Preparing for Easter
As one of the busiest periods of the year on Spain´s roads gets underway, the DGT has launched a special operation to ensure the safest and smoothest flow of traffic, as the sharp increase in vehicles offers a potential for delays, incidents and other traffic problems.
The special operation runs from 15:00 on Friday, April 7, until midnight on Monday the 17th, when approximately 14.8 million long-distance journeys are expected.
Unlike other vacation periods, in which the displacements are more staggered, during the Easter period a large number of movements take place in a very short period of time, with origins and similar destinations (tourist areas on the coast and mountain regions and second homes, this time areas of religious interest are also popular, thus generating a higher concentration of vehicles at designated times.
As a result, the operation is divided into two separate phases over the ten-day period. The first phase runs from 15:00 on Friday, 7 April and will end at midnight on Sunday 9 April. During Phase 1, it is anticipated that there will be 3.6 million trips.
The second phase, which is more important than the previous one due to the volume of vehicle movements along the entire road network, will start on Wednesday, April 12, except in the community of Catalonia that will begin the following day. Phase 2 will end at midnight on Monday, April 17, with the return operation that will take place from Saturday afternoon, will last throughout Sunday and Easter Monday, as some areas recognise the Monday as a holiday, such as the Balearics, Catalonia, Comunidad Valenciana, Navarra, Basque Country and La Rioja.
In the rest of the communities, although it is not a festive day, it is a non-school day for schoolchildren and university students, so it is expected that there will also be a significant amount of return movements towards the large urban centres.
As much as possible, if you do have to drive, avoid the busiest periods.
In order to ensure a smoother flow of traffic, there will be a variety of procedures implemented, including the creation of temporary additional lanes in high volume areas, the cancellation of all none essential road works, restricting road closures due to sporting events, and restrictions on the movement of dangerous goods.
In addition, alternative routes will be planned and signposted, offering options to some of the most popular destinations, and ways of avoiding traffic queues. These routes can be seen on the DGT website, dgt.es, where you can also see a live overview of the national traffic situation, and adjust your route plans accordingly.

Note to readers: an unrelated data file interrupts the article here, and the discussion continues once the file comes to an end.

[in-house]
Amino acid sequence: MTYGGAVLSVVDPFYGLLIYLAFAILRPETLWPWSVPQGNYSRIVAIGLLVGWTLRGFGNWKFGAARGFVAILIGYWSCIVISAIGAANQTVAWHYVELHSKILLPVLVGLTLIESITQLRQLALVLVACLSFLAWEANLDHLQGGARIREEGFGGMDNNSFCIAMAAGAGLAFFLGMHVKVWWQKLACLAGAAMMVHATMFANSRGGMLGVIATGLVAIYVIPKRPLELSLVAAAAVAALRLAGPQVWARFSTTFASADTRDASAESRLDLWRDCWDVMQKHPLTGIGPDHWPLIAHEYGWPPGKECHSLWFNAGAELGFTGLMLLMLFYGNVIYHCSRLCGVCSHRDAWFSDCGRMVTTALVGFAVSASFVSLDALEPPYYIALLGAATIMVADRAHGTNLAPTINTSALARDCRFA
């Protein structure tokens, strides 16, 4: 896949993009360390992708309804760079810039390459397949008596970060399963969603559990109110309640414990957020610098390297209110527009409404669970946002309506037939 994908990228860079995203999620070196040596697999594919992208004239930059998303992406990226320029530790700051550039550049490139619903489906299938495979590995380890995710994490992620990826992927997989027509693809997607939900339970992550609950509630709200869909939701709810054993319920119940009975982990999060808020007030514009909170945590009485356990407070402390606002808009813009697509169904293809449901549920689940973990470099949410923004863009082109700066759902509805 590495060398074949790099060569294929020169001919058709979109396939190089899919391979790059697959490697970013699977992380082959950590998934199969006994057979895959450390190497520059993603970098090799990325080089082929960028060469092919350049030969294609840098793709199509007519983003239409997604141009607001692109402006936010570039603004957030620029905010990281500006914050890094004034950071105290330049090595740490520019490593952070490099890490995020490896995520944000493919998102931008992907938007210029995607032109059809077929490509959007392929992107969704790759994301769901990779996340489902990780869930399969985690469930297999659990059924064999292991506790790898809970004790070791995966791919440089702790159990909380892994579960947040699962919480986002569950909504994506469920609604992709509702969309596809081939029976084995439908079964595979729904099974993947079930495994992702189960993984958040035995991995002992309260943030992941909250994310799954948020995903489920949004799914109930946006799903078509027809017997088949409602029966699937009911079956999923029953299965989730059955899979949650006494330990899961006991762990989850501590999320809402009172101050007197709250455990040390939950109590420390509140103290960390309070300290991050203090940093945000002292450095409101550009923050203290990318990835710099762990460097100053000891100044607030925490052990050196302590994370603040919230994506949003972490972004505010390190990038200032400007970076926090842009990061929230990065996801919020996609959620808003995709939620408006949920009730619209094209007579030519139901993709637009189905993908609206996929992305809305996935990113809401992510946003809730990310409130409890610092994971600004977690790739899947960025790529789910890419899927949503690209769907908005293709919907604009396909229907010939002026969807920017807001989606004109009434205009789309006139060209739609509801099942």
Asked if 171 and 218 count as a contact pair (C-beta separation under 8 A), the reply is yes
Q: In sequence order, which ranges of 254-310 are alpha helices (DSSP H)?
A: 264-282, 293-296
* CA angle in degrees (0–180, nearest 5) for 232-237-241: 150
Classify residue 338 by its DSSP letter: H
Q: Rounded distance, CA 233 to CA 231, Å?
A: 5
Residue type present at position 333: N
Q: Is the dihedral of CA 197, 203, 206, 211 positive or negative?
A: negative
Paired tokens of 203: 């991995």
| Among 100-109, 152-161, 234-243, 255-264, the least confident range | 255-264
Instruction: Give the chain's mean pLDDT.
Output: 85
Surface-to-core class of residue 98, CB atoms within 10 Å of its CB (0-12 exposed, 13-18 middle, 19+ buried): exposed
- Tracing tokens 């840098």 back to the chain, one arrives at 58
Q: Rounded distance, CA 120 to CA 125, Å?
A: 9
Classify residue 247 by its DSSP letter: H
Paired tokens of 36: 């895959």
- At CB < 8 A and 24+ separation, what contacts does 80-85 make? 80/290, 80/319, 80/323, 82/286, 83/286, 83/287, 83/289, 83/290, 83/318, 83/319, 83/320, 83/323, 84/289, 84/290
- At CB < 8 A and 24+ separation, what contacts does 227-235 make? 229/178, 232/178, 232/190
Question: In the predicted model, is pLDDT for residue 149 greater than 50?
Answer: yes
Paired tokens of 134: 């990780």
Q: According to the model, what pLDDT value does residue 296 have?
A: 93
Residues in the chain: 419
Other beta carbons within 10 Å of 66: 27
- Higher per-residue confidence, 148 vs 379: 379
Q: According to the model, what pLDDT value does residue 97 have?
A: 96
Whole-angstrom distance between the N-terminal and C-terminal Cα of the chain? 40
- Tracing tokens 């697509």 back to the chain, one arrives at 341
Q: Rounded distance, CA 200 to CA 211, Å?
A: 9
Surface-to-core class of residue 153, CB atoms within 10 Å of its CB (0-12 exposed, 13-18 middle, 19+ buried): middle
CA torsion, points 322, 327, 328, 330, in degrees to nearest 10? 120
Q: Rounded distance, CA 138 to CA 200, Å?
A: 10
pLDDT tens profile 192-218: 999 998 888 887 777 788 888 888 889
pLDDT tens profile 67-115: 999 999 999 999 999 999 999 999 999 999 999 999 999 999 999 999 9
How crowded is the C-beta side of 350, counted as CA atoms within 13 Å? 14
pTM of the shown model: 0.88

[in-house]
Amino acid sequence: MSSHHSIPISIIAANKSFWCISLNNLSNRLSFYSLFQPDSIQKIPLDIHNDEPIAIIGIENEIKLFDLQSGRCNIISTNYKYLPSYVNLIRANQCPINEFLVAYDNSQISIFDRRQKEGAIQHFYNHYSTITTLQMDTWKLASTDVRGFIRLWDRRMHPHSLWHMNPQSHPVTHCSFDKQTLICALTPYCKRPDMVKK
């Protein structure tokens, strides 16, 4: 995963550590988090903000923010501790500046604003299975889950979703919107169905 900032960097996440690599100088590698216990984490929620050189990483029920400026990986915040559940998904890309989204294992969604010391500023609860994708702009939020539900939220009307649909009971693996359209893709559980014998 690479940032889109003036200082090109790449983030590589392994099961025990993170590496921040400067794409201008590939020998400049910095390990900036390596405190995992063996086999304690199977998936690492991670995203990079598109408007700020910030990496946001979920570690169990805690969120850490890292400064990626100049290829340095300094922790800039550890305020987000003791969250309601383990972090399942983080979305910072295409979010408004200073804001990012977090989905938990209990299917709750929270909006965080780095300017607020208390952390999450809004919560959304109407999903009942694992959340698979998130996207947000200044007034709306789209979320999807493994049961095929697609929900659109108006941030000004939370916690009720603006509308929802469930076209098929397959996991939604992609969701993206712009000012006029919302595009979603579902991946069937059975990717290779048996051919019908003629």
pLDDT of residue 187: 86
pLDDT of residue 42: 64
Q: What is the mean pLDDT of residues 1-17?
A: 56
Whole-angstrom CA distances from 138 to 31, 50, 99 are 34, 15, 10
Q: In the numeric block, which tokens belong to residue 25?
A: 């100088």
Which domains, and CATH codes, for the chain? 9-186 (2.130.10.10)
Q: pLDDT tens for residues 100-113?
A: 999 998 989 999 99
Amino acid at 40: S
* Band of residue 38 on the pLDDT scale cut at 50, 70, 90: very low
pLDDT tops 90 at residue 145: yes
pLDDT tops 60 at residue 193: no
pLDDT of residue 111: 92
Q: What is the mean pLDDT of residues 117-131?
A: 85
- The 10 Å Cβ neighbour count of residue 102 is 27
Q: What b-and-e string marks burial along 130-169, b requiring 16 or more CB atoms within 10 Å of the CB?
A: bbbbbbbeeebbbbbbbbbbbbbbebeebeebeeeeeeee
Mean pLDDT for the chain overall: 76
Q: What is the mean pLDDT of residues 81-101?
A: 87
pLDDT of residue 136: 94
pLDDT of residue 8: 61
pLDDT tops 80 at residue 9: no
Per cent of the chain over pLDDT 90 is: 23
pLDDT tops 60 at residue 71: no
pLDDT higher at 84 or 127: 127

You can also use the DGT app, available from the Play Store and App Store, which also offers route and traffic information, and you can follow @informacionDGT on Twitter.
Monitoring the Flow
In order to maintain a safer network, all available officers from the Guardia Civil Traffic department will be on duty throughout the entire period, supported by more than 13,000 road workers, 800 technicians, and the support of other emergency services.
In the Spotlight
During this Easter period, traffic officers will be paying close attention to secondary roads, intensifying monitoring for some of the most dangerous practices, including speed, the wearing of seatbelts, the use of mobile phones, alcohol and drugs, illegal and dangerous overtaking, driving too close, and others. In fact, there will be a zero tolerance policy in place for alcohol and drug use, with random checkpoints in place throughout the period, day and night.
Other forces will be assisting in monitoring traffic too, with the DGT providing equipment such as radar cars to local police forces so they can monitor roads for speeding drivers, and have provided more equipment and training for alcohol and drugs checks at a local level.
Remember also that all vehicle occupants must be wearing a seatbelt. If no seatbelt is available, such as in the case of a back seat which only has two seatbelts, then a passenger cannot be carried. One seatbelt per person. Children under 1.35 metres are not allowed in the front seats, and all children must be properly restrained in a seat suitable to their height and weight. Adults must also be properly restrained, wearing the seatbelt correctly.
The officers on the ground will also be supported from the air, with all 12 of the DGT´s helicopters ready to take flight, including the 8 which are equipped with Pegasus monitoring equipment, looking for speeding and dangerous drivers, and for the use of seatbelts and mobile phones.
The new network of monitoring cameras will also be live, now issuing fines to those caught by these new watchful eyes.
Busier than Normal
It is expected that Easter this year will be even busier than previous operations, with an increase in vehicles and movements. There is also advice to consider if you actually need to use the car, and whether public transport might be a better option.
If you are going to take the car, always check the vehicle before any long journey, looking at the lights, tyres, windows and liquids. Plan your journey in advance, allowing plenty of time to reach your destination. Take plenty of breaks on long trips, take your time, stay calm, and enjoy the journey.